Katherine M. Leo (Ph.D., 2016, Musicology, The Ohio State University; J.D., 2015, The Ohio State University Moritz College of Law) joined Millikin University in 2017 as assistant professor of music. In this role, Dr. Leo serves as coordinator of musicology and music theory and Chair of Academic Music studies in the School of Music, where she teaches a variety of traditional, hybrid, online, and travel courses in western commercial and art music histories, ethnomusicology, and music-legal issues. Dr. Leo is a research advisor for the James Millikin Scholar (JMS) honors program and was recipient of the 2021 JMS Educator of the Year award. She also contributes to the Millikin-Decatur Symphony Orchestra (MDSO) as author, speaker, and cellist.
Dr. Leo’s research investigates the intersection of music and legal histories in the US, with emphases on matters of authorship and originality as well as musical style and similarity in the context of federal copyright litigation. As a specialist in the US music industry and early-twentieth-century US commercial musics, Dr. Leo has written about player pianos, Duke Ellington, the Original Dixieland Jazz Band, and Paul Whiteman. Her 2021 monograph on the history of musical expert testimony, Forensic Musicology and the Blurred Lines of Federal Copyright History (Lexington | Amazon), has been praised for being “meticulously researched, and sparely and clearly written.” Her research on forensic musicology has been included in collected works for musical and legal audiences, notably including Grove Music Online (OUP), Musical Borrowing and Copyright Law: A Genre-By-Genre Analysis (Bloomsbury-Hart), and the Oxford Handbook of Public Music Theory (OUP). Dr. Leo’s research has been featured in the peer-reviewed journals Jazz Perspectives, Blue Light, Music and Politics, and the Journal of Music History Pedagogy.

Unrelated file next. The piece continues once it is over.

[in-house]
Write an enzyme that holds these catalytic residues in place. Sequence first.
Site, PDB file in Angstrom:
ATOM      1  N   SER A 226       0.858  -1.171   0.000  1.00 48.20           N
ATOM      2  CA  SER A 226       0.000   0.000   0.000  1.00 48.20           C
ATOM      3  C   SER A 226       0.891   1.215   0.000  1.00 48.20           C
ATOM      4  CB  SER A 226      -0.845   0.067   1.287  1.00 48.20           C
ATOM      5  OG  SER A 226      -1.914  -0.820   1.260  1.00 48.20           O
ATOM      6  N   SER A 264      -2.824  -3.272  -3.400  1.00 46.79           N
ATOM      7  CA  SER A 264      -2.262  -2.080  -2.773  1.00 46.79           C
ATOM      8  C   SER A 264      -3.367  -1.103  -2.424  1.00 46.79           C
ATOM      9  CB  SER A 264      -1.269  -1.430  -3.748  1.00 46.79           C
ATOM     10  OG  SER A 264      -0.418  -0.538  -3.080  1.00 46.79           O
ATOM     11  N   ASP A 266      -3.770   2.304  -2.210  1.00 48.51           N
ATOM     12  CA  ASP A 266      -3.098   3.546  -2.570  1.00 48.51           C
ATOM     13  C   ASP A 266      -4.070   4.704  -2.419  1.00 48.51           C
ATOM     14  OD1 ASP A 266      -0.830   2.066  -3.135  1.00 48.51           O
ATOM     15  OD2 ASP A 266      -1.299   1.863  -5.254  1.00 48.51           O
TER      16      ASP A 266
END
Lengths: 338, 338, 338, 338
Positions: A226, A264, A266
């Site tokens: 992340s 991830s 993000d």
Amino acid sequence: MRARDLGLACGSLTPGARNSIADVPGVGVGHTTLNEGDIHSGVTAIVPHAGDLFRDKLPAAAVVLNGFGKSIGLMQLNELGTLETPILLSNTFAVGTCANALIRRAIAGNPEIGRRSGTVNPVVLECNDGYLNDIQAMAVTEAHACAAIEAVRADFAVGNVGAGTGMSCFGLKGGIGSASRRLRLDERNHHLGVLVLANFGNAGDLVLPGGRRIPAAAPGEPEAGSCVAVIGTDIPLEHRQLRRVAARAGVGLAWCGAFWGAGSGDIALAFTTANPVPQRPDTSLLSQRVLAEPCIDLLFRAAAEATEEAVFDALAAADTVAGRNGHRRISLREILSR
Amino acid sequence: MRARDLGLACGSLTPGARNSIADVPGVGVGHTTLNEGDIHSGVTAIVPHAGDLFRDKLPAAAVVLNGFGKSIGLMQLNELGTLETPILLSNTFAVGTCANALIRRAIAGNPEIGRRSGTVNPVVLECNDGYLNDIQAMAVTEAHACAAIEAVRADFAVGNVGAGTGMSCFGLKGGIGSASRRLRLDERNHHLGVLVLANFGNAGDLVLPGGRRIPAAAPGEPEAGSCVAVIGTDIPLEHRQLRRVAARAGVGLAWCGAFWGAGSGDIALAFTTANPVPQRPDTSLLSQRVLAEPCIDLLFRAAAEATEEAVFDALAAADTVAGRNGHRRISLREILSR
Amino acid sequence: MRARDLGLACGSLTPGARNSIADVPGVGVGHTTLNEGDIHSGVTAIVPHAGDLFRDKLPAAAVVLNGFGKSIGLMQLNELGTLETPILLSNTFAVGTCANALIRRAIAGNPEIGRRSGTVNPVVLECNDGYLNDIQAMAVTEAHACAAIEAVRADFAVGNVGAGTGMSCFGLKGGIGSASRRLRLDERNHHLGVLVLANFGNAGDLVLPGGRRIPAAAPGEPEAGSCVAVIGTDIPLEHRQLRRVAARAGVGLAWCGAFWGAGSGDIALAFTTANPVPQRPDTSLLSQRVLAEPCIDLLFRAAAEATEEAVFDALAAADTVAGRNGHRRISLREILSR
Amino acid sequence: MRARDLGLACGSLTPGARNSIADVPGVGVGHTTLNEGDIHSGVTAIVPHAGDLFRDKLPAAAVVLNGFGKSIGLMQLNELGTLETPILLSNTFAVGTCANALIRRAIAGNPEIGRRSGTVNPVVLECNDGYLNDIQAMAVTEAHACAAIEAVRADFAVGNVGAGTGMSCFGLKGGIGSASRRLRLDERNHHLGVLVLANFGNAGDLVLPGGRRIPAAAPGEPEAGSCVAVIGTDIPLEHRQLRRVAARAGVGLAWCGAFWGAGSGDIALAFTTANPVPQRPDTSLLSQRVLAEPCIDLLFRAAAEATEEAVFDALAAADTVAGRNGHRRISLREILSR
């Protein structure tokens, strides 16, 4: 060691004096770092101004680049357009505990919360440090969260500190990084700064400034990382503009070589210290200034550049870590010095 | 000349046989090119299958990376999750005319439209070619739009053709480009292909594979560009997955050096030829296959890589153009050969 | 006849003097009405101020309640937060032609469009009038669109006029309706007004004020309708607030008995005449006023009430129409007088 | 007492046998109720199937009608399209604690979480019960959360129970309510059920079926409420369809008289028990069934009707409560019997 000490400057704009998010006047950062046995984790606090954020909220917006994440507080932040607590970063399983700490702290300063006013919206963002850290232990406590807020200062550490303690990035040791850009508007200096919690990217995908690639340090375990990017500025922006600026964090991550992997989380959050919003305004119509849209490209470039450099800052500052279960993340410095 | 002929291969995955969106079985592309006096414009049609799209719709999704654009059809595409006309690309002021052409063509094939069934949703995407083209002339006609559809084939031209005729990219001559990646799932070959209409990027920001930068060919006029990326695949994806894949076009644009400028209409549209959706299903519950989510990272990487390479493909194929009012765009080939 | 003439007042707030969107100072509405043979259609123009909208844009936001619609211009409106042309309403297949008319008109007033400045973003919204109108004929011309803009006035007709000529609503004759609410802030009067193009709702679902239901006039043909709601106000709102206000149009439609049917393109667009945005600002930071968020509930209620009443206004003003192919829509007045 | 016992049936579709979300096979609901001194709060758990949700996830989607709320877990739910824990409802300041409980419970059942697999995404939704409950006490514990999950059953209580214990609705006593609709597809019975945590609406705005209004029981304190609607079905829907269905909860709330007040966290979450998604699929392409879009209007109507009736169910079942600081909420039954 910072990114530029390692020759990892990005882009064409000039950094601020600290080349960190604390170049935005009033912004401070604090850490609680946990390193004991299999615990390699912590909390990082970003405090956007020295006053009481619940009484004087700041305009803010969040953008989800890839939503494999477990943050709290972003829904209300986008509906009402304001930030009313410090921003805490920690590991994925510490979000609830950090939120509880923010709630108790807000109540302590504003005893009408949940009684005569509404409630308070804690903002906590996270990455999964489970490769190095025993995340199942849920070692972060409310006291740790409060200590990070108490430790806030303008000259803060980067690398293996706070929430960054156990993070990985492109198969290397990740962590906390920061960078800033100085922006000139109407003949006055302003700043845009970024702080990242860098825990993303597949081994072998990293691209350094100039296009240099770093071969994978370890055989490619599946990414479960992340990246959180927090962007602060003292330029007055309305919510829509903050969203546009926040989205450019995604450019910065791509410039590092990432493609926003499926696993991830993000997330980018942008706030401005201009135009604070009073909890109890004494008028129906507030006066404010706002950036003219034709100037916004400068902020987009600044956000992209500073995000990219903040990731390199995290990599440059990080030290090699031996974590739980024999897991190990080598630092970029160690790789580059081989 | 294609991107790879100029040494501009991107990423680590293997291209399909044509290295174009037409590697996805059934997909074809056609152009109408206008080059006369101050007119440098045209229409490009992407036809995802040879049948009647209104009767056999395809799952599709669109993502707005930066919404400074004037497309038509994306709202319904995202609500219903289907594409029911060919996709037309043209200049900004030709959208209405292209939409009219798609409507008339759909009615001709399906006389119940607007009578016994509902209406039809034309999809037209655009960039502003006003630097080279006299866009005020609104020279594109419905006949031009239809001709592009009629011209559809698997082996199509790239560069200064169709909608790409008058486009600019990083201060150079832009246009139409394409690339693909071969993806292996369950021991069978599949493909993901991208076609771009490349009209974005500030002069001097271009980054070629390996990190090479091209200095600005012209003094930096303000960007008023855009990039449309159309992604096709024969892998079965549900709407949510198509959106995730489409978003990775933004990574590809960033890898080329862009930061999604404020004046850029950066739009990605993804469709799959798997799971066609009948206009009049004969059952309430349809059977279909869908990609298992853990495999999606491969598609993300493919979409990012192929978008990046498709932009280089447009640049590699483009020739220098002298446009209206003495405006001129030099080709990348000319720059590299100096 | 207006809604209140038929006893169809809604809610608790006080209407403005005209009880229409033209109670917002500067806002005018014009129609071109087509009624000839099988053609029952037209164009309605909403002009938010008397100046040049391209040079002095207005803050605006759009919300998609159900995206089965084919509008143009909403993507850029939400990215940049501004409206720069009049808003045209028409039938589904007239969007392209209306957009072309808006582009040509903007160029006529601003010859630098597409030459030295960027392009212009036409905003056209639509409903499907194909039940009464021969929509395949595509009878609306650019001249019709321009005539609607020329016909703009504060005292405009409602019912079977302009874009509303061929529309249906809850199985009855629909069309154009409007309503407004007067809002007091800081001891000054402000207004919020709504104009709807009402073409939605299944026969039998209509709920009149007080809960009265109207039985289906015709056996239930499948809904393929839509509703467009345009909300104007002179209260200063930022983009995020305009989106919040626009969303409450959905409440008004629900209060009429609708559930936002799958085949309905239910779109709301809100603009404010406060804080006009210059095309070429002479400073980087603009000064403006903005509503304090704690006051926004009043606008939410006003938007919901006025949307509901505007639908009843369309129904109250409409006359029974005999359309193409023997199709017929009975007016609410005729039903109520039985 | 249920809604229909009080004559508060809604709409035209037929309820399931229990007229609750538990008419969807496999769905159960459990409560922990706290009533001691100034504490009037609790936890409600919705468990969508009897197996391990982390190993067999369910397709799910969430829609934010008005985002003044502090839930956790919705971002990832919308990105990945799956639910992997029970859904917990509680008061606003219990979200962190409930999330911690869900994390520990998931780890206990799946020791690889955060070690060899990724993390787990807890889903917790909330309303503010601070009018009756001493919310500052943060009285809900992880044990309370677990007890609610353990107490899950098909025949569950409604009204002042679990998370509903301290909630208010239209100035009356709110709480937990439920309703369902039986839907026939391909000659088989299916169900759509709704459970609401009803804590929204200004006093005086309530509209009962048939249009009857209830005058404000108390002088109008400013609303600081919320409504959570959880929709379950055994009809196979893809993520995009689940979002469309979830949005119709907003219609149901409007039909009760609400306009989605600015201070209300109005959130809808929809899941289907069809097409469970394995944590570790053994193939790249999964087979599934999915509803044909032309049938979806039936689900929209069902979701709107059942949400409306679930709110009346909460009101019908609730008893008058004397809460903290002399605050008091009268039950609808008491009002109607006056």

As an active academic and forensic musicologist, Dr. Leo has notably presented at annual national meetings of the American Musicological Society, the College Music Society, the Society for American Music, and the Society for Music Theory, as well as at international jazz conferences hosted in Austria, England, and Germany. She has signed amicus curiae briefs in multiple high-profile federal music copyright lawsuits and serves as a contributor to the acclaimed Music Copyright Infringement Resource (MCIR) blog.